Treat Pancreatic Cancer With Erlotinib

Erlotinib is a drug that has recently been approved by the FDA (Food and Drug Administration) to treat pancreatic cancer. It has shown excellent results in patients with pancreatic cancer, having been previously tested in clinical trials with different outcomes. This type of drug is one of the latest options for treating pancreatic cancer, having gained approval from the FDA just recently. The Erlotinib molecule has the ability to selectively target one type of cell (that is, cancer cells) which has helped it to achieve success in clinical trials. Its use thus offers the hope of a cure for pancreatic cancer.

Pancreatic cancer generally invades the tissues surrounding the pancreatic capsule, which is the organ that produces insulin and metabolizes glucose in our body. Obesity, smoking, high blood pressure and diabetes are factors that put pancreatic cancer at higher risk. The disorder can either be malignant (which means it spreads to other parts of the body) or non-malignant (which does not spread). Malignant pancreatic cancer is more common and more difficult to treat. But in cases where the disease is caught at an early stage – say, when the patient’s health is already at risk but there are no apparent symptoms – surgery can be used to remove the tumor and save the life of the patient.

Surgery to treat pancreatic cancer is considered a last option because it offers the least treatment options available for the cancer. In addition, it is invasive, and therefore the recovery period can be long, complicated, and painful. But if the tumor is surgically removed, the cancer will most likely stop growing, and this can occur in just two to three months. This is why some doctors prefer to use Erlotinib as an alternative therapy to treat pancreatic cancer. Studies have shown that patients who took Erlotinib as a therapy to treat their pancreatic cancer had a higher survival rate than those who did not receive the therapy.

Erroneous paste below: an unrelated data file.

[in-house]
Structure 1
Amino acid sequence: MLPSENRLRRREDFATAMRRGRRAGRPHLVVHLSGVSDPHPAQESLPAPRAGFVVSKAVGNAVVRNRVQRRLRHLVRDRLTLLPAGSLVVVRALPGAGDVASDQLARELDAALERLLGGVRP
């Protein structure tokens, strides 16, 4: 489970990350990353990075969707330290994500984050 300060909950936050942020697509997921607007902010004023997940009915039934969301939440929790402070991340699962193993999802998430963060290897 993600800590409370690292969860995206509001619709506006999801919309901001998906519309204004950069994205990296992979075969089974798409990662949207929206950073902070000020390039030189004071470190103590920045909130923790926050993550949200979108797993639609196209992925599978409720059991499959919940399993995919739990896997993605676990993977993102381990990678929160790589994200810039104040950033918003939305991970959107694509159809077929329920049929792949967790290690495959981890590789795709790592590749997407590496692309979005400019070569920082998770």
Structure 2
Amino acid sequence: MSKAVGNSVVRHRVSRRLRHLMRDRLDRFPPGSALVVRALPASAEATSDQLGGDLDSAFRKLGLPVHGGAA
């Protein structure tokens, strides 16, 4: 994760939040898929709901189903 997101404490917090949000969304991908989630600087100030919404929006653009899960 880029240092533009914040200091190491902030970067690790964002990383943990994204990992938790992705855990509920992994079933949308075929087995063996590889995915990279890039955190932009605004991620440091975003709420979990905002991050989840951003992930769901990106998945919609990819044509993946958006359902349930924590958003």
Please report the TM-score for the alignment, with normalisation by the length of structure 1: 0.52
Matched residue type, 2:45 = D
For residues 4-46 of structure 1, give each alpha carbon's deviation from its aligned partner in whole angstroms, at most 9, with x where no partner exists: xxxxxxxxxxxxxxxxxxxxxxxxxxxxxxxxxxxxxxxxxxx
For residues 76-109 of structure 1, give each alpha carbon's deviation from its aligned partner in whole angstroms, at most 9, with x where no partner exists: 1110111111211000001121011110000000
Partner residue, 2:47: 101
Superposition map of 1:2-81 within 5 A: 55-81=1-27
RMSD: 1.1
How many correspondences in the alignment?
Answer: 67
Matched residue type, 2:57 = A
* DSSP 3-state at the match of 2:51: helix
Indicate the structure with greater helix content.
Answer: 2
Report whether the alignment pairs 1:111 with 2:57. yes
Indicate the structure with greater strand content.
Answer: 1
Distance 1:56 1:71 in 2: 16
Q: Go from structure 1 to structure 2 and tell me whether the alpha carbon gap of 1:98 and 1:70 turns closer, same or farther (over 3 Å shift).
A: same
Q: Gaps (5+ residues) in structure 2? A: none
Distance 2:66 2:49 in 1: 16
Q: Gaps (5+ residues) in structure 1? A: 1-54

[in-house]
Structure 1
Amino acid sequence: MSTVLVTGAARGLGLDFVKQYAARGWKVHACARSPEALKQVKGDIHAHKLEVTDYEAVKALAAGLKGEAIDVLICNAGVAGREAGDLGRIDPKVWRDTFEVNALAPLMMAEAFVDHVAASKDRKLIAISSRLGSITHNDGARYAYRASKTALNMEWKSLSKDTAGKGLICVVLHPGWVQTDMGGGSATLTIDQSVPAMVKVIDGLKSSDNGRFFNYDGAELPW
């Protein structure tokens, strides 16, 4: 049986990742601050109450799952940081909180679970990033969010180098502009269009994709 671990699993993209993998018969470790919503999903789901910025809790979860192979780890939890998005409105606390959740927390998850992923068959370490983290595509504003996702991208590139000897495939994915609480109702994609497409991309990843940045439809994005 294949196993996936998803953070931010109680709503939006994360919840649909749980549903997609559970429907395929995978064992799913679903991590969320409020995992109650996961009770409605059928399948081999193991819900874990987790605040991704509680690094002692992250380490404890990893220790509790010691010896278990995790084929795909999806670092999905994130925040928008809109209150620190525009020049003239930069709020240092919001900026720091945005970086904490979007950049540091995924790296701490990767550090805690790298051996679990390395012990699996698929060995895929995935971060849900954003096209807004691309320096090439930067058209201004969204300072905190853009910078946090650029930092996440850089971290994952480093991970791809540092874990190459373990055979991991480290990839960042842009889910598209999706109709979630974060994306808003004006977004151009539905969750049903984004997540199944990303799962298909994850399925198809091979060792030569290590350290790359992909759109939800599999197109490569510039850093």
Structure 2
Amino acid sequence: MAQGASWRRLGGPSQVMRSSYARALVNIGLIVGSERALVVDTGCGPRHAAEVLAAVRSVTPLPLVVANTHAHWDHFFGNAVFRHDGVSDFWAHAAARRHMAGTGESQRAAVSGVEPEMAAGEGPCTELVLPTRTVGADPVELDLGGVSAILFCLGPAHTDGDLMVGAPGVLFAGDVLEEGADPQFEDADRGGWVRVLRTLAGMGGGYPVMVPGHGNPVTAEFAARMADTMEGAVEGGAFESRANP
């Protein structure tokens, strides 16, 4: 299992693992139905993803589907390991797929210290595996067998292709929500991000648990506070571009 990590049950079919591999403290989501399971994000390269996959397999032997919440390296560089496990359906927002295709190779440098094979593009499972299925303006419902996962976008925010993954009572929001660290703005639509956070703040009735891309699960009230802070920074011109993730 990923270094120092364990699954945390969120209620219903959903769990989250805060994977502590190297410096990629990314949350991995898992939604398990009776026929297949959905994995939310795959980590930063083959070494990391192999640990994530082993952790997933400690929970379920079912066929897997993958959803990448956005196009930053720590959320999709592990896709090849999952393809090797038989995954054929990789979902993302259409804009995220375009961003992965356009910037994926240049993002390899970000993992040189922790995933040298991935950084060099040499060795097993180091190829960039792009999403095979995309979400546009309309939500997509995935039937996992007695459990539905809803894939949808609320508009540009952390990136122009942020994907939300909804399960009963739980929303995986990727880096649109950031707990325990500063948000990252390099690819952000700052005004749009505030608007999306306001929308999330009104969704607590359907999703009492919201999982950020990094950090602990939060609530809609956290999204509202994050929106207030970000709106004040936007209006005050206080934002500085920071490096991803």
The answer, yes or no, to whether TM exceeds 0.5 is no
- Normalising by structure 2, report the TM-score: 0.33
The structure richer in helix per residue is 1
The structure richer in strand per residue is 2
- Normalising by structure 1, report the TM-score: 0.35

Erlotinib belongs to a category of drugs known as anti-angiogenesis agents. These drugs actually inhibit the growth of cancerous tumors by stopping the biological process that transforms cell DNA into cancerous tumors (also known as transcription). This is an important aspect of the treatment of cancer because cancer cells are characterized by the ability to turn “on” their transcription features when they are exposed to specific stimuli. These triggers are believed to be environmental, diet, and lifestyle related. Since Erlotinib targets the biological mechanism that allows cells to grow, it is thought to have significant potential for treating patients with pancreatic cancer.

Another study on Erlotinib like Neratinib was conducted by the University of Illinois’ College of Medicine. During a six month period, eighty patients with pancreas cancer who were undergoing follow up from surgery were monitored. At the end of the six month period, there was no significant difference between the groups in terms of survival rate or tumor volume reduction. Patients who received Erlotinib actually had a slightly higher tumor volume reduction (by one percent) than the placebo group. This result suggests that Erlotinib may be effective in blocking the transformation of cells to tumors in some people with pancreatic cancer.